18 responses to “Amorphophallus titanum”

  1. Anna

    Still waffling on whether to make the drive into Vancouver to see / smell this thing… “dead mouse” doesn’t sound nearly as bad as some of the descriptions suggested by its name. (Having had many a mouser (cat) over the years, I know that dead mice smell awful, but the size of the odour suggested by the size of “Uncle Fester” along with names like corpse flower is enormous compared to the smell of a little dead mouse.)

  2. Pat Collins

    The tubers of Amorphophallus are the best part. Some of the most delicious tubers I have eaten.

    I haven’t tried A. titanum, yet. I might need a bigger saucepan.

    1. Anna

      Dare I ask what they taste like?

      1. Pat Collins

        I think the one I had most of was Amorphophallus paeonifolius, sold here in Indian supermarkets, called suran. It is deep purple and a rich, firm chestnut/potato-like texture. The taste was not remarkable in any way, it was just a very tasty root.

        I have never seen the flowers but I believe they also emit a foul stench.

  3. R Parker

    One other very good source for titan arum bloom info is the Cornell University blog, which covers several blooms by at least 2 plants. Especially good is to page back to the 2014 bloom, where there is a great video showing the temperature changes, as well as lots of data on growth rates, fertilization & seed production, and somewhere in there is a nice time lapse video of the entire bloom cycle.

    https://blogs.cornell.edu/arum/ is the “beginning”, ie. the most recent bloom.

    1. Wendy L Cutler

      Good thing most of us hadn’t seen that video of Carolus dancing before we saw our plant in Vancouver. I was already expecting it to open more than it did. It was very nifty to see in the Cornell video the spathe so fully open and dancing in the breeze. Interesting in a previous blog they mention the cool Ithaca temperatures. That was in August – I suppose they are thinking of the nighttime temperatures.

  4. Katherine

    There was a titan arum that bloomed at University of California, Berkeley last fall, and I think the newspaper reports at the time reported a smell that seemed much worse than dead mouse! The botanical garden’s website seemed to say that the smell comes in bursts, which is interesting. See: http://botanicalgarden.berkeley.edu/titan-arum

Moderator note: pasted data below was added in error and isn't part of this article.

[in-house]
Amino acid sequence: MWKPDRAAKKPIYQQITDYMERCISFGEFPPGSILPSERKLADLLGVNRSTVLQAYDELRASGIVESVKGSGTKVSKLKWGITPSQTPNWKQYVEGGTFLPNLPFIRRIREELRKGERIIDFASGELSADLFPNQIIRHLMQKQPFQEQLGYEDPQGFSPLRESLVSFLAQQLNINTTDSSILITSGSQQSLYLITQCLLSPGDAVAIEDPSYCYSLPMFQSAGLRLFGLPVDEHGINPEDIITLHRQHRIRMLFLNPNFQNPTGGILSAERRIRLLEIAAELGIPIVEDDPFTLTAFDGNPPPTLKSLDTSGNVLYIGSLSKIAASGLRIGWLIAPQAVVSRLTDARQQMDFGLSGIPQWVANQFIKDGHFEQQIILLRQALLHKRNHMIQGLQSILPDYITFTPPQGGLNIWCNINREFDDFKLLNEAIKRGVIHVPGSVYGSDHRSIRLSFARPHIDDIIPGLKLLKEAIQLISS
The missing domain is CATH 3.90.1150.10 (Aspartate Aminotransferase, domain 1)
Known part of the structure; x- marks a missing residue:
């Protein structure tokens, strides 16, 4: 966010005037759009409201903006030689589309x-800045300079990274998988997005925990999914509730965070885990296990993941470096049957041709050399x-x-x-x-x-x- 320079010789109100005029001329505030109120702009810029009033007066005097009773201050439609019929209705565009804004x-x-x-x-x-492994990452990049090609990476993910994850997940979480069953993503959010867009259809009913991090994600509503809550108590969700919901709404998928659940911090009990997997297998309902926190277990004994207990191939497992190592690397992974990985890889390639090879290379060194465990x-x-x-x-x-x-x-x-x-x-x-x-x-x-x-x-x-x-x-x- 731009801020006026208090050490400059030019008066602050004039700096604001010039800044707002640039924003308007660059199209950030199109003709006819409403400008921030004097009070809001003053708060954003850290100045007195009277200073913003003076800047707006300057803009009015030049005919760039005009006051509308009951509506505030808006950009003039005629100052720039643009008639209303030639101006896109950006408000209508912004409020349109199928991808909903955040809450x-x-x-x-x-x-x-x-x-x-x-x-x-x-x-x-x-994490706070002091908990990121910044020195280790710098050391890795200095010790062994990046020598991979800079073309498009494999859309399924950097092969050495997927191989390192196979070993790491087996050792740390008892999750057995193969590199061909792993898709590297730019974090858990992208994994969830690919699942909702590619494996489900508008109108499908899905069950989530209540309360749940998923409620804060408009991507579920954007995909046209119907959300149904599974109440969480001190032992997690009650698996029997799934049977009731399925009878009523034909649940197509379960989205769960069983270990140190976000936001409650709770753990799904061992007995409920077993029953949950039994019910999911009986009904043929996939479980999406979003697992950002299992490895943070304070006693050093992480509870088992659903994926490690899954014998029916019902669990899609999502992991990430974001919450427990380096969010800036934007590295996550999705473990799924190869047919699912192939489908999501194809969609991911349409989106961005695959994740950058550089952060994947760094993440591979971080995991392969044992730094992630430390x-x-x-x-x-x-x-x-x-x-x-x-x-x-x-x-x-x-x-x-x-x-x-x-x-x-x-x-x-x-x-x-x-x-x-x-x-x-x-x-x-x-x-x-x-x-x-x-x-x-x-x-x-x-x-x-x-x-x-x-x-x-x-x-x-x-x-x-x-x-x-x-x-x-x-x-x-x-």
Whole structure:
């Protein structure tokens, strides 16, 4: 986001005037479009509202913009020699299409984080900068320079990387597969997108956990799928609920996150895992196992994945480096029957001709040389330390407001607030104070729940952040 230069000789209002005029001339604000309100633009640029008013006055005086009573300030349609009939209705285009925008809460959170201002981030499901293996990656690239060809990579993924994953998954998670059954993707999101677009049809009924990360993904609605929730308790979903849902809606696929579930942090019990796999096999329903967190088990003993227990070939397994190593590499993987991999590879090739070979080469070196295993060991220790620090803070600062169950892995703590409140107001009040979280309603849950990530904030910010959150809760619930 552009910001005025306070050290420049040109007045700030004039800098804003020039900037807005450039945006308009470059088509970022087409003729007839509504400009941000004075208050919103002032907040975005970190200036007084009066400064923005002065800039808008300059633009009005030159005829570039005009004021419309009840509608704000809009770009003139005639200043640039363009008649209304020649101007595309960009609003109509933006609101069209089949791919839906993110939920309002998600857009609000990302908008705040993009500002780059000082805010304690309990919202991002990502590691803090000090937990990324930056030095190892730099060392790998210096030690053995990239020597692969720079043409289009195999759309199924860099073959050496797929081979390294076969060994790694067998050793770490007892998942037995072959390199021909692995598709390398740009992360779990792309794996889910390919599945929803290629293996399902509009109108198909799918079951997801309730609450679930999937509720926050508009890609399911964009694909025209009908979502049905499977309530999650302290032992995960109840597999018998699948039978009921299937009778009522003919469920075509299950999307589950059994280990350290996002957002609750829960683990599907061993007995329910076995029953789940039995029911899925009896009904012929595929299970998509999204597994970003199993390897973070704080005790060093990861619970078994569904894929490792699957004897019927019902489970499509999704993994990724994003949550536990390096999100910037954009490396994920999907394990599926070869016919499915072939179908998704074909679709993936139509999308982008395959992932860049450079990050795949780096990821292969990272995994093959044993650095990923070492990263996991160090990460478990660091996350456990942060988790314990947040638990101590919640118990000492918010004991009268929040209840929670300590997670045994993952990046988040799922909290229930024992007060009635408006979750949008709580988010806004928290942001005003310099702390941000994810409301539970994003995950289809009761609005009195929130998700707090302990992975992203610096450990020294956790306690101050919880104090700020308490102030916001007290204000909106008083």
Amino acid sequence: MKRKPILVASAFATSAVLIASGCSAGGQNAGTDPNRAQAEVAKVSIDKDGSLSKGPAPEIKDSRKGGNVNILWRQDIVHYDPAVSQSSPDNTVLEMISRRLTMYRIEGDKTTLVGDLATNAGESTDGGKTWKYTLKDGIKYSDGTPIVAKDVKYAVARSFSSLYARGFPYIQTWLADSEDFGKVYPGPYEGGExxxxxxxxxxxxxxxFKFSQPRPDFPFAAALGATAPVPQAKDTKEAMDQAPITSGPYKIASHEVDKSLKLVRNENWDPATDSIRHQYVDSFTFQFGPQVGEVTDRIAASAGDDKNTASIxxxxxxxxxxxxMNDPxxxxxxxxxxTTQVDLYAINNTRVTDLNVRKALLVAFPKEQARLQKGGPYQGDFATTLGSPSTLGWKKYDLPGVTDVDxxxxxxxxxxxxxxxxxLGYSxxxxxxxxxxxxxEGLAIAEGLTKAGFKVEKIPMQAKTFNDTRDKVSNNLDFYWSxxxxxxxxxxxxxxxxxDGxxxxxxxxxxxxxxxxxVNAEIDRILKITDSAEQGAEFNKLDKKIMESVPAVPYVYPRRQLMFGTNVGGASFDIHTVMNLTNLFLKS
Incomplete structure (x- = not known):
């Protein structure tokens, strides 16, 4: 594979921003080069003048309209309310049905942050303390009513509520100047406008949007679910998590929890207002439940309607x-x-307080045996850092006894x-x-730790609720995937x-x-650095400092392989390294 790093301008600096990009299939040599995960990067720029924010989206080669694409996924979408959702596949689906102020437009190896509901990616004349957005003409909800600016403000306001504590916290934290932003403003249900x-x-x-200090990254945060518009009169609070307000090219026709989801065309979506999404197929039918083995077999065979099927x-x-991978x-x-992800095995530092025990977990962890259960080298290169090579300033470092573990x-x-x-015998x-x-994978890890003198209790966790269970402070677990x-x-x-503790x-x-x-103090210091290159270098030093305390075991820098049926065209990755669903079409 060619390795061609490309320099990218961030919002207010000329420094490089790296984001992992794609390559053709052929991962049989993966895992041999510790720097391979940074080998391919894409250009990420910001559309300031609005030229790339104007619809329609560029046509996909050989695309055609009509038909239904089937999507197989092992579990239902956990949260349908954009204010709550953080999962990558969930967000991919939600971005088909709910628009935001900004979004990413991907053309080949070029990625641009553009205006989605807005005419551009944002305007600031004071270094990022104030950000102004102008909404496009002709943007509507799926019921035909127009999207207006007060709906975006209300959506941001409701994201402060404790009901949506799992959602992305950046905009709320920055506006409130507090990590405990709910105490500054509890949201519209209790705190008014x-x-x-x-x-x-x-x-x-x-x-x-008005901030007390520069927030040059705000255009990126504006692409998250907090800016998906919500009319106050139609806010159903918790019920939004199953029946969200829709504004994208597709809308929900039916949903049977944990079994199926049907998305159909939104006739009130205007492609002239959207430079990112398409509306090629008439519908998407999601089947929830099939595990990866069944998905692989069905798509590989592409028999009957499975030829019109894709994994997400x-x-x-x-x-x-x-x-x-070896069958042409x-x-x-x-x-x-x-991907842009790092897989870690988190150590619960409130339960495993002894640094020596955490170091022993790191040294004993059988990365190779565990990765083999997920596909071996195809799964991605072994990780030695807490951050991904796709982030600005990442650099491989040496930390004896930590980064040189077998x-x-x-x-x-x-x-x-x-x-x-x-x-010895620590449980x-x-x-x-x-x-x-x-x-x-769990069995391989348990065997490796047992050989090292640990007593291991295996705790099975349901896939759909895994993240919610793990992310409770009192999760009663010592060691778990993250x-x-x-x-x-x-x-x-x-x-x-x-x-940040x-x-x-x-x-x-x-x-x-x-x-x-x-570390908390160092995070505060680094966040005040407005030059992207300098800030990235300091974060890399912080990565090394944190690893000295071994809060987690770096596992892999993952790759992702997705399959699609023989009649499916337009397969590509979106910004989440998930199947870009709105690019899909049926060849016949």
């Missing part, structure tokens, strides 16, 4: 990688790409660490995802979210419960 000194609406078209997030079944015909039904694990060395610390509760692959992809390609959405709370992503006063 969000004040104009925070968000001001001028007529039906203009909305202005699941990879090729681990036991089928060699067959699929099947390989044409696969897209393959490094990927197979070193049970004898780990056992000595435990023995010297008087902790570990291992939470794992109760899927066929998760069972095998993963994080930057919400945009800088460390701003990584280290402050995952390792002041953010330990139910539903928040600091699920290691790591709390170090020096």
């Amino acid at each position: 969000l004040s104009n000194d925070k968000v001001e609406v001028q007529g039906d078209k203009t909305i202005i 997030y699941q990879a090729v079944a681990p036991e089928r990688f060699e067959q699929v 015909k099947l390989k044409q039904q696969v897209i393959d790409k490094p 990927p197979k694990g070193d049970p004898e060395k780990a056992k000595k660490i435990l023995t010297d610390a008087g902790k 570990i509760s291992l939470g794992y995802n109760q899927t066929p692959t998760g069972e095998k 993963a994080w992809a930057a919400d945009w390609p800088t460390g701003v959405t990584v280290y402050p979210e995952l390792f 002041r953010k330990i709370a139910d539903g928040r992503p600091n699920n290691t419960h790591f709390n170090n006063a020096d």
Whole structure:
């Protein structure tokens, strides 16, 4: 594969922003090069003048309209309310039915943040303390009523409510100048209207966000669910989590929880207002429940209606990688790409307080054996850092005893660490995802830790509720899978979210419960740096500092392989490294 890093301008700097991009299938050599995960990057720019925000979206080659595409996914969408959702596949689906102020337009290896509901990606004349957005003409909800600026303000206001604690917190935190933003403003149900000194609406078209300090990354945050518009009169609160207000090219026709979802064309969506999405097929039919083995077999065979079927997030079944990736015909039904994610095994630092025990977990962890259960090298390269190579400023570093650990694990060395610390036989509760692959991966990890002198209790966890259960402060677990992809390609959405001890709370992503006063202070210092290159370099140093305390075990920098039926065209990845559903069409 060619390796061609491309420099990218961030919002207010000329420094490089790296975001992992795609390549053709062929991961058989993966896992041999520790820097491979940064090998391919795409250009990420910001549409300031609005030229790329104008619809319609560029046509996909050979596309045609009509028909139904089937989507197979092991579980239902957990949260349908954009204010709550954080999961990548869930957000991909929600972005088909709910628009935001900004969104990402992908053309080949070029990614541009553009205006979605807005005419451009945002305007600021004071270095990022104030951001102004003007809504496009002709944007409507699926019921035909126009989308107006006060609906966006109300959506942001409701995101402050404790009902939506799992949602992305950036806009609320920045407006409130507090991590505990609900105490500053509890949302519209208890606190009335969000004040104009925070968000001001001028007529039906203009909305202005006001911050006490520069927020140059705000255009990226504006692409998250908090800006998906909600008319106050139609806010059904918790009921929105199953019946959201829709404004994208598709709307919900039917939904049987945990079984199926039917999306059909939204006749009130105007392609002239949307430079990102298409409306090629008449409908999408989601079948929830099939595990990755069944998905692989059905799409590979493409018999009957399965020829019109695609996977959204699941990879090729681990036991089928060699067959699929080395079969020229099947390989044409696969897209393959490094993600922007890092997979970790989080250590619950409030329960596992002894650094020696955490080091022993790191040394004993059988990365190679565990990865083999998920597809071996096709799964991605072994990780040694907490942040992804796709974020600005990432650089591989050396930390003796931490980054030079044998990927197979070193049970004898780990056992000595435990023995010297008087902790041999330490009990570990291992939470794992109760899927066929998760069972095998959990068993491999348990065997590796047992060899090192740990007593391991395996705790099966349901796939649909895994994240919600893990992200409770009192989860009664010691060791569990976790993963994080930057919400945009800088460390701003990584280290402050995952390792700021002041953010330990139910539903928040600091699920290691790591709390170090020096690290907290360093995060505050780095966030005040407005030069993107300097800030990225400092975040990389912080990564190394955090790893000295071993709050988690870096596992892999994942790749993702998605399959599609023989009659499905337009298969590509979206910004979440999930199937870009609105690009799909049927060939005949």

5. michael aman

    I’m thinking “Little Shop of Horrors”. Does it talk, by any chance?

  6. Wendy

    Lovely photos! An inspiration for a fashhion house.

  7. Susanne

    Last year the Missouri Botanical Garden (much closer to me lol) had two of them flower 🙂 I decided not to go because while it is certainly impressive, not sure I can deal with that kind of smell…

  8. Tanis

    I am curious if there is coordination in the blooming of different individuals in the wild, since they bloom so infrequently, or are they happily selfing? I have never heard any mention of this aspect of their reproduction.

  9. sonnia hill

    I just posted my visit to see this wonderful plant July 17, 2012 on my FB page. It was in Nacogdoches, Texas. https://www.facebook.com/sonnia.hill/posts/10214924384216416?comment_id=10214924787986510&notif_id=1531843351550243&notif_t=feedback_reaction_generic

    It is a memory of a life time!

    Sonnia Hill,

  10. lynn

    Congratulations! (a bit late as I catch up on BOT posts). Gee, if only I’d moved about a month ago, I might have been organized enough to run up and catch this sight….but I’m sure there will always be other interesting things happening at the conservatory. Daniel, you made me laugh with your curiosity about experiencing A. bulbifer. I’d go for the anise-scented one for sure, and the cocoa-scented one. Although it’s hard to get past the spathe, I love the green-cream-purple colors of this inflorescence, and those pleated folds – that’s a very nice detail in the middle picture.

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